During the pack I fouind my self precariously balanced between a mountain of jerrie cans and boats , looking down on this scrawny looking kid . He addrerssed me “ are you Doug ? My friend said your driving to searra Leone ! Im hitchhiking to Guinni Bissau , can you give me a ride ? “  I laughed out loud “mate it might take a few months and if the boys don’t mind and my French Friend Francois cant come than I don’t see why not” Francois is an old friend who was currently hanging out in sidi iffni enjoying the heavy point brake there . “ look we are driving to Sidi iffni in an hour and you can come along to there but if francois is still coming then you will have to make your own way from there “  I explained that we planned to slowly explore the coast line and were in no hurry to make any progress.  The boys didn’t seem to mind , George looked a bit disgruntled at the idea of being a bit more cramped but collecting my thoughts I think it had more to do with his recent brake up with his girl.

the piste 
Jake :
So the party had grown from two to three, then to five, and finally now as we set off, six. All piled in the shogun I studied the cars we passed along our way and suddenly felt very in tune with the north African squeeze and drive way of transport. Every vehicle we passed was over loaded to the point of exhaust scraping and engine screaming. Id never seen anything like it; goats strapped onto flimsy roof bars with old frayed ropes, along with bags of coal bursting at the seams and all manner of other cargo.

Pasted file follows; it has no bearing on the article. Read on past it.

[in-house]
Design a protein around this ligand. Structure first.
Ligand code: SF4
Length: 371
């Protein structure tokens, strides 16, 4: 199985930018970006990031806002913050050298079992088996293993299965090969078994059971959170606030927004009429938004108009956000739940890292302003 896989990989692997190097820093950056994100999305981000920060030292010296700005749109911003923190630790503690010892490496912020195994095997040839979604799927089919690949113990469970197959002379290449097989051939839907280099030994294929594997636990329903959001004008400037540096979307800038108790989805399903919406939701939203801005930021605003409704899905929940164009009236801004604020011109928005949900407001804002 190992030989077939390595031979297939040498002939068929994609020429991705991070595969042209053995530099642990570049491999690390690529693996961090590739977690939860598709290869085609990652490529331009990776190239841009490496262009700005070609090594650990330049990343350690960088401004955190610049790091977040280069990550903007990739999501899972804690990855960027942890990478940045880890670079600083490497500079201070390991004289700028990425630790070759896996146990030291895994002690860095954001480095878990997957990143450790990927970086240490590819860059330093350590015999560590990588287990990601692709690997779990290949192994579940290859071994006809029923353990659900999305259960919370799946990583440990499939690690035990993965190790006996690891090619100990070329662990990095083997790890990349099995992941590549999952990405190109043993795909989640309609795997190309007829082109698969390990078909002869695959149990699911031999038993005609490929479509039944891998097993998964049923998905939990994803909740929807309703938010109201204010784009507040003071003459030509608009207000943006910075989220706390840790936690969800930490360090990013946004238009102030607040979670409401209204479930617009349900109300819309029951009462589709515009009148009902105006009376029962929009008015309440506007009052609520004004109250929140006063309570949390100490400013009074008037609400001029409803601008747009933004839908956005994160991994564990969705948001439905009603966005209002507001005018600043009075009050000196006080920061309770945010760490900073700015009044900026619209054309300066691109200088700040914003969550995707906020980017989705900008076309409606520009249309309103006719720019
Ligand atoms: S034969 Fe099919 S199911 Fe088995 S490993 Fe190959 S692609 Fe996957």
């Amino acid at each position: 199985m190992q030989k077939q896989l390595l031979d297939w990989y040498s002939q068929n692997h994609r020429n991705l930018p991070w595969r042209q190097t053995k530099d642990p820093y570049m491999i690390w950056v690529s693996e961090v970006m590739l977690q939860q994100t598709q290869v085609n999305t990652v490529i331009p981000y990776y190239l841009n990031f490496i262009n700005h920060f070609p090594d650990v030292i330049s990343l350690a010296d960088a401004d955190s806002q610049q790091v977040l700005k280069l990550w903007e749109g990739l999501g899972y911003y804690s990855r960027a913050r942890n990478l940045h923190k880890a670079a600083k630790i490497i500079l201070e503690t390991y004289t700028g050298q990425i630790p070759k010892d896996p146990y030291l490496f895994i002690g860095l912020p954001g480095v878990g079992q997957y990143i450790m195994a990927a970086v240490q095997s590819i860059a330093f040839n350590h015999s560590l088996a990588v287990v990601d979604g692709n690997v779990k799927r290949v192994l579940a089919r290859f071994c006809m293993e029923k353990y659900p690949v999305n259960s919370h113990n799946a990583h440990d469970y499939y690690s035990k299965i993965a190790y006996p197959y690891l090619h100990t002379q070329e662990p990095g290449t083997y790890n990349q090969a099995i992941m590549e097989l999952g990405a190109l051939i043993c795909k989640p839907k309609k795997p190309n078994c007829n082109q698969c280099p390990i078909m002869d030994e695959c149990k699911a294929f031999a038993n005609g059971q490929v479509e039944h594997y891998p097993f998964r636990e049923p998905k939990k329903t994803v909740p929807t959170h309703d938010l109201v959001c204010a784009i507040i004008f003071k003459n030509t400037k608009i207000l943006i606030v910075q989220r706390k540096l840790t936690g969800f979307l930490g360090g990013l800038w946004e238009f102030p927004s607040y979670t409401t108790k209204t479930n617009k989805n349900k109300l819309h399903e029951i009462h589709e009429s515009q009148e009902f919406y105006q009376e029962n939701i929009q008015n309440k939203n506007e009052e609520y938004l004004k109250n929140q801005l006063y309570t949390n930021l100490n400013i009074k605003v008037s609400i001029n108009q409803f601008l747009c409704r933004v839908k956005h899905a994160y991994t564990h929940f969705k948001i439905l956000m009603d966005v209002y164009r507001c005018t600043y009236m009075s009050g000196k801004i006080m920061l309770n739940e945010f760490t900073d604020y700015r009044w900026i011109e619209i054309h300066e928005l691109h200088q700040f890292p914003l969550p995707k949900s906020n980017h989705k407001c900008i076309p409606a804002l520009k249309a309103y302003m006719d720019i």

The heaviest traffic of the journey we encountered was passing through the city of Agadir. Cars, buses and trucks so close as to be almost on  top of each other; heaving and groaning under their enormous cargoes. The jam was intense until finally we crawled past a truck upturned with its load sprawled across the road , the driver trying to collect his pride and cargo off the road as we rolled past.

Doug:
The drive to sidi ifni was nouthing less than an over excited lads telling storys of big days in the sea and boozy encounters with women. The truck seemed to role with every bend in the road its huge load over head , but still it felt wicked, chuckling to my self as I reved the V6 lump as we roled past some old guys drinking tea pearched in dirty plastic garden chairs outside a caffe. The drive wnt by fast with nouthing but desolate scrub land and the occasional glimps of the atlantic now shrouded in darkness. Arriving in sidi ifni we all fell out of the truck stretched for a few minuets. I remember thinking “hey this is warmer and quieter than Tagerzout , and I feel pretty safe hear”.